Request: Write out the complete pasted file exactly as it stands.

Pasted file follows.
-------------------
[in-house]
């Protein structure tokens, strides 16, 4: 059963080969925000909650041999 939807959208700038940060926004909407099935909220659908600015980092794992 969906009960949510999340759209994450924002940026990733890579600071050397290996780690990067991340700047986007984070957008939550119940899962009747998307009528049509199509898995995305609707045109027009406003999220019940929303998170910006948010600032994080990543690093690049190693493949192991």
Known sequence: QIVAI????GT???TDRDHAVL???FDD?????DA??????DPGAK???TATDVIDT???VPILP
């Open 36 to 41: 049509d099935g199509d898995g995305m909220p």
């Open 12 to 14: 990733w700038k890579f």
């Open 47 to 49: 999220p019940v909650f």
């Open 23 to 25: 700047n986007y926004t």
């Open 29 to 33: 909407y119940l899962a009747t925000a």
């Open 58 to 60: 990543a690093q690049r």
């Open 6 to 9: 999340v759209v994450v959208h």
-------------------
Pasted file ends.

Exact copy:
[in-house]
């Protein structure tokens, strides 16, 4: 059963080969925000909650041999 939807959208700038940060926004909407099935909220659908600015980092794992 969906009960949510999340759209994450924002940026990733890579600071050397290996780690990067991340700047986007984070957008939550119940899962009747998307009528049509199509898995995305609707045109027009406003999220019940929303998170910006948010600032994080990543690093690049190693493949192991």
Known sequence: QIVAI????GT???TDRDHAVL???FDD?????DA??????DPGAK???TATDVIDT???VPILP
């Open 36 to 41: 049509d099935g199509d898995g995305m909220p």
């Open 12 to 14: 990733w700038k890579f």
């Open 47 to 49: 999220p019940v909650f």
């Open 23 to 25: 700047n986007y926004t």
């Open 29 to 33: 909407y119940l899962a009747t925000a």
């Open 58 to 60: 990543a690093q690049r």
């Open 6 to 9: 999340v759209v994450v959208h």